Warhammer Fantasy Role Play – Reading Between Editions

So I was scheming a post on how I’d bring together the WFRP* that I have (Black Industries’ hardback second edition, slimmed-down, fully-coloured, and hauled into line with the Warhammer background as-is) with the WFRP that I knew and loved in my youth (Hogshead’s black-and-white behemoth, full of Fimir and Druids and Dawnstones and Malal and other stuff that’s fallen off the back of the world somewhere).

It would have been informed by a conversation I had the other day with a regular player about WFRP, and how he found the completely random character generation process abhorrent, being used to the D&D/Pathfinder model of ‘turn up for game with idea for character already in head and attempt to execute that in play’, and liking the idea of at least being able to choose what your tactical role would be to some extent.

It would have covered a few key things, like grouping the career paths together into analogues for the Big Four D&D classes so you could at least choose ‘elf fighter’ like you would for one of those hilarious Marxist-taxonimist games even if words like ‘build optimisation’ were not to be heard, and reintroducing the d6 to afford some simpler randomisation methods for things like fate points, wounds and weapon damage (as much as I like Black Industries’ system, the use-d10s-for-everything results in more look-up tables than I’d like, especially when some are of the “1-2 equals 1, 2-4 equals 2” variety – bugger that for a game o’soldiers).  It would have touched on my house rules for grappling (roll to hit, then test Strength or system equivalent instead of rolling damage) and other corner-case combat moves.

Then I remembered that Small But Vicious Dog exists.

Finally sitting down and reading Chris’ mash-up of old D&D with proper WFRP, I admit that I may have laughed aloud in several – all right, many – places.  It’s funny, it’s functional, and it’s very much built on the basis that the world is a sinkhole and the gods are only keeping you alive because your suffering amuses them.  The race/class control setup is balanced against random careers within the class, which substitute for the ‘skills’ and ‘feats’ of modern D&D, and while Chris has expressed no patience with Advanced Careers I must admit that I am tempted to put together a supplement on the topic myself just to fit them in and take characters to the dizzy heights of fourth and fifth level.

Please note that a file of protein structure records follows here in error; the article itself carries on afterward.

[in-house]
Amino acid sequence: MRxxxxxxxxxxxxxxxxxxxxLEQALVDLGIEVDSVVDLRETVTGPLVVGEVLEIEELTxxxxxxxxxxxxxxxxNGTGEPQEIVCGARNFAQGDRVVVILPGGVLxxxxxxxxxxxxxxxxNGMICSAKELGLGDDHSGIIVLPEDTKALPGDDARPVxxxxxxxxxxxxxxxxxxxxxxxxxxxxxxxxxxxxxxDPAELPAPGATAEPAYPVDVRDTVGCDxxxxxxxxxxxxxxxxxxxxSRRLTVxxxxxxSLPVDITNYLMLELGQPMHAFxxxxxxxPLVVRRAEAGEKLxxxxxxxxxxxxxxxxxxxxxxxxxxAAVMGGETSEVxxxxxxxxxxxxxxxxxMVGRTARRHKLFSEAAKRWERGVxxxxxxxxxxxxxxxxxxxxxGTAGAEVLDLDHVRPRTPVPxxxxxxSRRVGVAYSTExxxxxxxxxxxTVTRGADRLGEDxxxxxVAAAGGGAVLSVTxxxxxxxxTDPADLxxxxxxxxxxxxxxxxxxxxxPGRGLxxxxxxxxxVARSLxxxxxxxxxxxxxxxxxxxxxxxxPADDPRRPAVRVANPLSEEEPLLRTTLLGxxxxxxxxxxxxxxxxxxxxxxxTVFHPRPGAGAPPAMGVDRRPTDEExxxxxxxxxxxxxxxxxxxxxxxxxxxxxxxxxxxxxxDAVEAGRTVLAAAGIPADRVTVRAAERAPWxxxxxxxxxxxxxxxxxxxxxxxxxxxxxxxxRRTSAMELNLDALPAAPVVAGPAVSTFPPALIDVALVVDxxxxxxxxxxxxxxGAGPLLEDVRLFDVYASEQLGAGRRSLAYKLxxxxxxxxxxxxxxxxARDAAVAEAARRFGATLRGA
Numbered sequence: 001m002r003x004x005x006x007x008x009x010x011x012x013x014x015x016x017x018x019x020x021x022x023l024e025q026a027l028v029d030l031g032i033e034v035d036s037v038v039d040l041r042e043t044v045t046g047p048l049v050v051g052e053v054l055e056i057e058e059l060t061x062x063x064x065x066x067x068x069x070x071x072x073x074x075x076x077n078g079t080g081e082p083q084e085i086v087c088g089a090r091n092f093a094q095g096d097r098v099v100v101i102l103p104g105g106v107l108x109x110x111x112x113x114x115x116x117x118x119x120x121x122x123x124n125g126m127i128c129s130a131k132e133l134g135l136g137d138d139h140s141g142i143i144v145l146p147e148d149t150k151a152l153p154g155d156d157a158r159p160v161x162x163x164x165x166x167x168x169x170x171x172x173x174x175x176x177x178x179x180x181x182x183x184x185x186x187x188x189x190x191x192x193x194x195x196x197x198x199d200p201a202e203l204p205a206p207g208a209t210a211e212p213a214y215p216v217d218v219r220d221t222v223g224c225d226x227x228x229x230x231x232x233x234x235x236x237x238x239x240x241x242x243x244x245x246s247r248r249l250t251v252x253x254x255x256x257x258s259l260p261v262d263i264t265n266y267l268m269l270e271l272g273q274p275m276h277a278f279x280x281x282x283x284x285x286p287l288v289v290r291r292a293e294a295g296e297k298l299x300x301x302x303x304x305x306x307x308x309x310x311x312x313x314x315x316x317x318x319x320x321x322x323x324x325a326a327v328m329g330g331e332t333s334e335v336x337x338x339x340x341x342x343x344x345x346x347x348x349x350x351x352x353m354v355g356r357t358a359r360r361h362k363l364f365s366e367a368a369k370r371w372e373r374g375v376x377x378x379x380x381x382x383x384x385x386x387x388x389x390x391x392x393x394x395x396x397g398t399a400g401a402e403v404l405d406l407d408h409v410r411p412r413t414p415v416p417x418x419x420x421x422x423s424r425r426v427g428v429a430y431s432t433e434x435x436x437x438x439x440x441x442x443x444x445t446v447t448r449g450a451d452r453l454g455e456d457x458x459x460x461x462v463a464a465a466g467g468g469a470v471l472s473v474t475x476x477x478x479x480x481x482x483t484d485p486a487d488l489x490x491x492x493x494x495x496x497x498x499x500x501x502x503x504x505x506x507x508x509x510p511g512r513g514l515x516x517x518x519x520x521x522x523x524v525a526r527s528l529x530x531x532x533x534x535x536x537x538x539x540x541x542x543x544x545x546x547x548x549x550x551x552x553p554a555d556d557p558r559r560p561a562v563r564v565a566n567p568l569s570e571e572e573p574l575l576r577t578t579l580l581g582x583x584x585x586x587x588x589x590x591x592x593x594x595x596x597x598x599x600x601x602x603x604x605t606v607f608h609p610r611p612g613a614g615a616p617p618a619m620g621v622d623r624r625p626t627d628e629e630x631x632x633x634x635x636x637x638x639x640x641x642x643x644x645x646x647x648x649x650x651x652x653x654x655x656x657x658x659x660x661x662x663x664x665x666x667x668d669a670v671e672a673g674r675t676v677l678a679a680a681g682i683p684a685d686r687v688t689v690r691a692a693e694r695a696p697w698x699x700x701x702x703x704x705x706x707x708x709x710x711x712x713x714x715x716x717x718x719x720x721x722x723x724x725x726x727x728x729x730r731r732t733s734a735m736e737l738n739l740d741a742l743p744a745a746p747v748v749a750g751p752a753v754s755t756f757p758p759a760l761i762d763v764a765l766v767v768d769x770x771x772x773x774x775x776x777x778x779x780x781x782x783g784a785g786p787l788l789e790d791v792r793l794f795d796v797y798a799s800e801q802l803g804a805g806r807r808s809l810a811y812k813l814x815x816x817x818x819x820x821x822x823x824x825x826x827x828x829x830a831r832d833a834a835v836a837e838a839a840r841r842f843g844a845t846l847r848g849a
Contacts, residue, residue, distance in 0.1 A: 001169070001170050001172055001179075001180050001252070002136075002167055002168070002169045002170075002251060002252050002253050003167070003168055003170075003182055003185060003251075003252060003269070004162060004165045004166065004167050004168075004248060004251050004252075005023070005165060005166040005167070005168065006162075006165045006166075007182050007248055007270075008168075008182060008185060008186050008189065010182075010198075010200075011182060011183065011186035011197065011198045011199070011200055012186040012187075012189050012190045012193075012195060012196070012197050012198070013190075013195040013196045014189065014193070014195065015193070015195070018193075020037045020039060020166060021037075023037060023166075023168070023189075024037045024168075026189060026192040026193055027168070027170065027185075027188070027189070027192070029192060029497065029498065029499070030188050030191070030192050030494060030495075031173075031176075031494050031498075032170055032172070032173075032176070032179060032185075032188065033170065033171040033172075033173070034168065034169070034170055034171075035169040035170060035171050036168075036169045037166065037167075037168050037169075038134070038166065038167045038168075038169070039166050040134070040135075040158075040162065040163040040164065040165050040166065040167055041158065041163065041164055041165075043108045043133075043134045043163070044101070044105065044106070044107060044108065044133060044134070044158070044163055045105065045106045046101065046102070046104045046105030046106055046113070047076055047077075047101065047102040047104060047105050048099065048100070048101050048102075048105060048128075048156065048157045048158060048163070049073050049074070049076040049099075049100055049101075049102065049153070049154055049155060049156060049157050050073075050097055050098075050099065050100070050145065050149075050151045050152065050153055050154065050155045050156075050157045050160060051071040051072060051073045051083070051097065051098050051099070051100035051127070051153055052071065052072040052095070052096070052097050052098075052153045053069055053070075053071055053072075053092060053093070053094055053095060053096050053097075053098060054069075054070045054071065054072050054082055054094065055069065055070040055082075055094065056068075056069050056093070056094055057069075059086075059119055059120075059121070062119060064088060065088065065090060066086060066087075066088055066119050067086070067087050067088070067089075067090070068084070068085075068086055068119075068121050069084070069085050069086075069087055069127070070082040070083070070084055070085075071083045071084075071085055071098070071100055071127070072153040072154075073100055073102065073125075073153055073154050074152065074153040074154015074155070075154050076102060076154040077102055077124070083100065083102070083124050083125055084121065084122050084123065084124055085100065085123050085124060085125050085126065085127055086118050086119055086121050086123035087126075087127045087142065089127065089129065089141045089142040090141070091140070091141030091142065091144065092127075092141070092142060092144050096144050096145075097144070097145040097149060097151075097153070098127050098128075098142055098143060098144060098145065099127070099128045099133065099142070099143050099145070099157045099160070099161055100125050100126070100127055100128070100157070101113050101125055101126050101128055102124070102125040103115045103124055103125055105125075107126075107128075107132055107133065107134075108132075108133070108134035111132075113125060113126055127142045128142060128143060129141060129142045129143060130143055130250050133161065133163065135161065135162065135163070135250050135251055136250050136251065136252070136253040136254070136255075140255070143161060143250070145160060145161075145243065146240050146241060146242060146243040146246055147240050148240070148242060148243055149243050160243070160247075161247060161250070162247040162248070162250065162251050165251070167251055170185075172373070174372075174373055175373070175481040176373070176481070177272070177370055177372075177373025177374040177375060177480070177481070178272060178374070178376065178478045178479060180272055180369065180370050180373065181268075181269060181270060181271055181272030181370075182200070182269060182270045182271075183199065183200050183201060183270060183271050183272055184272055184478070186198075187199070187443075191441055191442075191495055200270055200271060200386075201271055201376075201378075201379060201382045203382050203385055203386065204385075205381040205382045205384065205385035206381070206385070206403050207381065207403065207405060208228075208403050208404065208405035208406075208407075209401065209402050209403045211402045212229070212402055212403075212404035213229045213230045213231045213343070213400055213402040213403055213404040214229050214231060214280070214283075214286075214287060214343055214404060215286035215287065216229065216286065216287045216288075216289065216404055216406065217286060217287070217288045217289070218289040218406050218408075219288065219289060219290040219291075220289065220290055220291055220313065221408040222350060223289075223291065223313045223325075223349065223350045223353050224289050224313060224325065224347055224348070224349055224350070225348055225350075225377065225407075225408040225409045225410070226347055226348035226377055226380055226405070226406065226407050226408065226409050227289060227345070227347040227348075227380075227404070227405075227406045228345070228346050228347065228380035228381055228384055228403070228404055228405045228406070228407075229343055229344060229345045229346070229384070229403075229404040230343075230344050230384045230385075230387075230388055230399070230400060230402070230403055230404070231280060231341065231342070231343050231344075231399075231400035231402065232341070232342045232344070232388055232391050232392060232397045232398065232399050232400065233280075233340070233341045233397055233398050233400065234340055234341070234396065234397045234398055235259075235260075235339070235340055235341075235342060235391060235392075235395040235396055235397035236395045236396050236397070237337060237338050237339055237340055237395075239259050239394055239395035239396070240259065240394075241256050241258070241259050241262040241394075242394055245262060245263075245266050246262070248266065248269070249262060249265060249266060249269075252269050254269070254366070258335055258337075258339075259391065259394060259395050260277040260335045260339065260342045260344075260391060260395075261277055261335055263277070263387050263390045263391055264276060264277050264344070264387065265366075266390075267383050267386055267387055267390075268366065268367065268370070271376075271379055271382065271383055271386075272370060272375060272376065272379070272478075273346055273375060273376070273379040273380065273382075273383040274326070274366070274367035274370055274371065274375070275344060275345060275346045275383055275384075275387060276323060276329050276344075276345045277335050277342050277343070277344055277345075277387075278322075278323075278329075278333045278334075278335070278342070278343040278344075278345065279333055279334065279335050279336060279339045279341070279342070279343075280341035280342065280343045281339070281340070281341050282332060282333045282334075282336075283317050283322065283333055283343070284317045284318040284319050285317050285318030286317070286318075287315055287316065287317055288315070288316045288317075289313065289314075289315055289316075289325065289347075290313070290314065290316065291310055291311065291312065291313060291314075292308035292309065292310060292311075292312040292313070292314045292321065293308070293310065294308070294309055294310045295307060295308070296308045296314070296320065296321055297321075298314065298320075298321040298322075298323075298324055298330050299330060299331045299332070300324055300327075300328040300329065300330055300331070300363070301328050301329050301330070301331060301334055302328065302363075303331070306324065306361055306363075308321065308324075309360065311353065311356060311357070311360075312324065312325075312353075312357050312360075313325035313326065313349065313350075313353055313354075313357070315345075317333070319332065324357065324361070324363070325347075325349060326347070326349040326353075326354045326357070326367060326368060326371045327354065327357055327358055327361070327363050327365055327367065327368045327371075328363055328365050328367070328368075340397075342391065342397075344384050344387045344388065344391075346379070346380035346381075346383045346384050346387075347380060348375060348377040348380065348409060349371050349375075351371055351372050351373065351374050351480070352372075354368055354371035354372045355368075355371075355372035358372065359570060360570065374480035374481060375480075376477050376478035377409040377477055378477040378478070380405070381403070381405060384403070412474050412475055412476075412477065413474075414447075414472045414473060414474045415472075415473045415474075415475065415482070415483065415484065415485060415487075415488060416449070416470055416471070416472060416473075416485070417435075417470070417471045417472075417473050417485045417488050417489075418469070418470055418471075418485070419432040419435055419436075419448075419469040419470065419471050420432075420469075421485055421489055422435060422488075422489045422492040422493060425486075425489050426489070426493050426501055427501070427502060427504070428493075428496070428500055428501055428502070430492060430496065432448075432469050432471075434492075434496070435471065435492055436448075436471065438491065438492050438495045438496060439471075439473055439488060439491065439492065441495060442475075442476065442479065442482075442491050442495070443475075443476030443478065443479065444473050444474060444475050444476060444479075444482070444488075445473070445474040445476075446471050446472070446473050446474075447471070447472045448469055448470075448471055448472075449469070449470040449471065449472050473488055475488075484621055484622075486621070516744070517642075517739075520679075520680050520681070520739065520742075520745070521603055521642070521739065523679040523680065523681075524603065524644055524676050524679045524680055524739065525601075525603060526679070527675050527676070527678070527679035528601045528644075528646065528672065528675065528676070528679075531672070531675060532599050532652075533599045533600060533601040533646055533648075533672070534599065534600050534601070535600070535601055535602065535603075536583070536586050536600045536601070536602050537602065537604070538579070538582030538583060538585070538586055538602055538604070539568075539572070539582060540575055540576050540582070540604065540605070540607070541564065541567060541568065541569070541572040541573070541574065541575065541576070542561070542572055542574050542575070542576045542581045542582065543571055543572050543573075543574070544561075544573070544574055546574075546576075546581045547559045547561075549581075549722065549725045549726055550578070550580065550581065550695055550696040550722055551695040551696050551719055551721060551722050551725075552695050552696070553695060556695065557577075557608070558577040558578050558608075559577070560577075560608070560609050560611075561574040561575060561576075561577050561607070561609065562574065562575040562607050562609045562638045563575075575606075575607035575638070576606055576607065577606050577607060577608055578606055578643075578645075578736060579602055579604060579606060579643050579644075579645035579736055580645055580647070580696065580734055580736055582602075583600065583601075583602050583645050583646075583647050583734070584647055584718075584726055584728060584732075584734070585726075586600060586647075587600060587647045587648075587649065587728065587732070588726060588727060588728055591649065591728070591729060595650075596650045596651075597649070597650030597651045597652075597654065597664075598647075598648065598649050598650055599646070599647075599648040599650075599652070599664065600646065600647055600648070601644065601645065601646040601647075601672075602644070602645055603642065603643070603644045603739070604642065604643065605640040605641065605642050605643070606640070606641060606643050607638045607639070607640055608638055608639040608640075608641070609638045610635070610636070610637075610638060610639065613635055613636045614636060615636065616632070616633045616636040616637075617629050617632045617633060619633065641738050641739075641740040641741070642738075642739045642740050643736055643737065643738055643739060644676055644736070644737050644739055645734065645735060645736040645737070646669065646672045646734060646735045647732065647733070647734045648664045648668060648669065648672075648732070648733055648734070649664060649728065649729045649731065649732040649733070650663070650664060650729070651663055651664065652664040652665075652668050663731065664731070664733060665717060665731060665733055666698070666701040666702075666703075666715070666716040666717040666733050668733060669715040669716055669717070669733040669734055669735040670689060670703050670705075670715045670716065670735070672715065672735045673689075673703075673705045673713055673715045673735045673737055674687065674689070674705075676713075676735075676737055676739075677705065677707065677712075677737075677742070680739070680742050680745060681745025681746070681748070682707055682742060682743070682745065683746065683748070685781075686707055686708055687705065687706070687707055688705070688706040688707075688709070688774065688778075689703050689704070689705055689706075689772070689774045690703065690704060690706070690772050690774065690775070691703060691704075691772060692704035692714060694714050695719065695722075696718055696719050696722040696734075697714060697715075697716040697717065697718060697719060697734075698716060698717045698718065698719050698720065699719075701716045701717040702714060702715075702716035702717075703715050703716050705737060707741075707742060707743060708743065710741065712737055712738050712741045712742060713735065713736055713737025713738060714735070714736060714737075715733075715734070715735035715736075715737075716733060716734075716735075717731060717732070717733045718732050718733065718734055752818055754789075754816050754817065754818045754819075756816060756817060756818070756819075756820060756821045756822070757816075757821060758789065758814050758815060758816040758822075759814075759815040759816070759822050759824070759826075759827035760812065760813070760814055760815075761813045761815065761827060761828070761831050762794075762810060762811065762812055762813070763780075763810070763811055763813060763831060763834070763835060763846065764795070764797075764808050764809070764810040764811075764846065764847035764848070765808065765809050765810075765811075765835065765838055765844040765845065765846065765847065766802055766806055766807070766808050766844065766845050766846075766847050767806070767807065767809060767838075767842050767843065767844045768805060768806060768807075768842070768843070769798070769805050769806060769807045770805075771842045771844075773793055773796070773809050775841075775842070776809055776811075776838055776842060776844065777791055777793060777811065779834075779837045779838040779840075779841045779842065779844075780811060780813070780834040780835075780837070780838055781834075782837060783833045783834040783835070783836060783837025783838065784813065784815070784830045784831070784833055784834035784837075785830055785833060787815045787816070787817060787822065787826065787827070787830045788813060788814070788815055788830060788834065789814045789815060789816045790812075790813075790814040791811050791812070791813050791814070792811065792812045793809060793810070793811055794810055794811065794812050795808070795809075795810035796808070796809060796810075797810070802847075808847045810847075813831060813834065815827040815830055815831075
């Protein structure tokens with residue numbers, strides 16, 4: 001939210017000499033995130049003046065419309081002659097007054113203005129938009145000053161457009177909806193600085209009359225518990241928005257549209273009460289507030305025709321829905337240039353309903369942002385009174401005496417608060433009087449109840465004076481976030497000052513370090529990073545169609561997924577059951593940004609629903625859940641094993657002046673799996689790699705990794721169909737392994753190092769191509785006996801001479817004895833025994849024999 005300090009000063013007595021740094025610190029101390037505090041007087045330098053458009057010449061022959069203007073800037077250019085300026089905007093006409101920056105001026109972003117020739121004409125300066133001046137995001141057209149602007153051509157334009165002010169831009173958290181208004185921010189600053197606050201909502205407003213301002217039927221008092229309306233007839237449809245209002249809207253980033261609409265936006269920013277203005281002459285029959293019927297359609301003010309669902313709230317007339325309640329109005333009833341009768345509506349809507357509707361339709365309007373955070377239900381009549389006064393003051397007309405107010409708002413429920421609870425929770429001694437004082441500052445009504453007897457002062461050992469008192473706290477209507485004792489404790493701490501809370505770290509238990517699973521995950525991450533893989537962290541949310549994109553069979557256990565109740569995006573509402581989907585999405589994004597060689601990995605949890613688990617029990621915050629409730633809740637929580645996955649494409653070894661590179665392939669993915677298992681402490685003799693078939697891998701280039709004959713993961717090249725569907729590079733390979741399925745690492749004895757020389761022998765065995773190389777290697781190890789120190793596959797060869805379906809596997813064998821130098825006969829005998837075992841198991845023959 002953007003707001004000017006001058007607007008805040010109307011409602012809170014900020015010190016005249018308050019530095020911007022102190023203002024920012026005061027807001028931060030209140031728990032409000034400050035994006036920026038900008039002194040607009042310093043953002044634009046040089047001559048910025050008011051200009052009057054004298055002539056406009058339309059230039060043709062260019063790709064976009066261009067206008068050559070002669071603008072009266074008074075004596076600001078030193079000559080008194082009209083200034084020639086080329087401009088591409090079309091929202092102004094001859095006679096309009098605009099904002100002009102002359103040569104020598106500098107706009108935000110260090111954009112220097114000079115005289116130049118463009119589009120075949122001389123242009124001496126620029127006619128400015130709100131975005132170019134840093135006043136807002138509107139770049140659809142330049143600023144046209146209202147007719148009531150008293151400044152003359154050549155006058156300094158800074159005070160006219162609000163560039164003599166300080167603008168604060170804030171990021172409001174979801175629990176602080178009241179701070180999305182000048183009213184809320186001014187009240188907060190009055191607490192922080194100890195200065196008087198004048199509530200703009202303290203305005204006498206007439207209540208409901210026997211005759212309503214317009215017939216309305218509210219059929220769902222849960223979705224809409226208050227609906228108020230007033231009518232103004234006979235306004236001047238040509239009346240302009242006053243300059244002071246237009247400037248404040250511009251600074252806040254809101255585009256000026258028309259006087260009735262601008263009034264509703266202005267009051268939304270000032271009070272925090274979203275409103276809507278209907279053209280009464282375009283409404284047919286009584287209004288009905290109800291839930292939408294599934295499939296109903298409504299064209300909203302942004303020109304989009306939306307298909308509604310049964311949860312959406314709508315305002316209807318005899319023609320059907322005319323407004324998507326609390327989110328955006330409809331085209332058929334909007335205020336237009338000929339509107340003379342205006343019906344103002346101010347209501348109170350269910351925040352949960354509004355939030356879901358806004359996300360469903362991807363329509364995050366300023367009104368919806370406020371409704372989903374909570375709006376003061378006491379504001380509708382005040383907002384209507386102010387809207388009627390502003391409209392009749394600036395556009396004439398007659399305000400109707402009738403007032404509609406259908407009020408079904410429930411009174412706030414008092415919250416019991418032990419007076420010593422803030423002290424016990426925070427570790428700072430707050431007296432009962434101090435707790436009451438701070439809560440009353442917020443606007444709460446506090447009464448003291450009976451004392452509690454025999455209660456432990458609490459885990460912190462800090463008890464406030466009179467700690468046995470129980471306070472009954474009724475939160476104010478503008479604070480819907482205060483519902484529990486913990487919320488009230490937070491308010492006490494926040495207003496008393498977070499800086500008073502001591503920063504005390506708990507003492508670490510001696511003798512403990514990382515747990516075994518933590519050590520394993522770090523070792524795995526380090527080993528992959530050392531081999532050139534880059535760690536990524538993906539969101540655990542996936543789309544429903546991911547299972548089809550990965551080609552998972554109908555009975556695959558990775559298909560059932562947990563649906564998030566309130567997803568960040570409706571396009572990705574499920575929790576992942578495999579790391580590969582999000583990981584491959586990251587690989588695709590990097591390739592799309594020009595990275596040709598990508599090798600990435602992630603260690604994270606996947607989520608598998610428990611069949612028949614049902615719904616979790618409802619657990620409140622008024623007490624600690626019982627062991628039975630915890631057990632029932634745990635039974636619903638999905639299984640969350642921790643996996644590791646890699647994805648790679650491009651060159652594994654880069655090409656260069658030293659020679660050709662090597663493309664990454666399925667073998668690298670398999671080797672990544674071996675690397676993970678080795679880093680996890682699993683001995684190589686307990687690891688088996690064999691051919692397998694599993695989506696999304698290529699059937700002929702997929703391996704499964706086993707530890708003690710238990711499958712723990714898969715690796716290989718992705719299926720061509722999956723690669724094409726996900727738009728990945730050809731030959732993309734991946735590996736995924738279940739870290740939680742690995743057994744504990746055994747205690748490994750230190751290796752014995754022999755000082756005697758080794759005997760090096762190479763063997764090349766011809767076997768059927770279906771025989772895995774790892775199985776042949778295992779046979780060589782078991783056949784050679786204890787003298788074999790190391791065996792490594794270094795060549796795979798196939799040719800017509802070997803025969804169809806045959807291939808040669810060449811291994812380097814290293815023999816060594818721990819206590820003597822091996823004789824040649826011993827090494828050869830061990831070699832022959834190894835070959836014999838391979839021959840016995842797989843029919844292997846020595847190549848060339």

• One thing I would do, in all likelihood, is tweak it so Dwarfs, Elves and Halflings get a class and career roll instead of advancing by race-as-class.  I admire the dedication to OD&D’s approach, but one cannot earn a living in society simply from being a Dwarf.  Nonhuman societies, communities and ghettoes need their aldermen, scribes, bodyguards, apothecaries, dunnikindivers and, yes, ratcatchers too.  This is one place where versey-multitude (see also: Erin Palette on the matter of ‘realism’ and other isms) is more important to me than adhering to the roots of D&D.
  • Similarly, I’d probably tweak the XP-per-GP mechanic in favour of the shilling rather than the crown, just because I don’t like to people my world with unfeasibly rich NPCs.  Players might have a bloody long wait for even one bonus experience point if they’re picking the bodies of characters who might have sixpence between them.
  • Finally, as a matter of pure convenience, I’d probably cludge the D&D mechanics side so that it runs off a variant that I already own.  Might unbalance things a bit, but probably not enough for me to give a Skaven’s arse over it.

It’s actually worrying how close SBVD is to being My Perfect System.  If I transferred over the World of Darkness style stat-blocks – Physical, Mental and Social cross-referenced with Power, Finesse and Resistance to provide a catch-all value which could, in this case modify the d20 roll to achieve something – it’d probably be there.

* – not the one all you D&D OSR types have been blathering about.  The real one.  The one that was here first, dammit.

You may now commence belching

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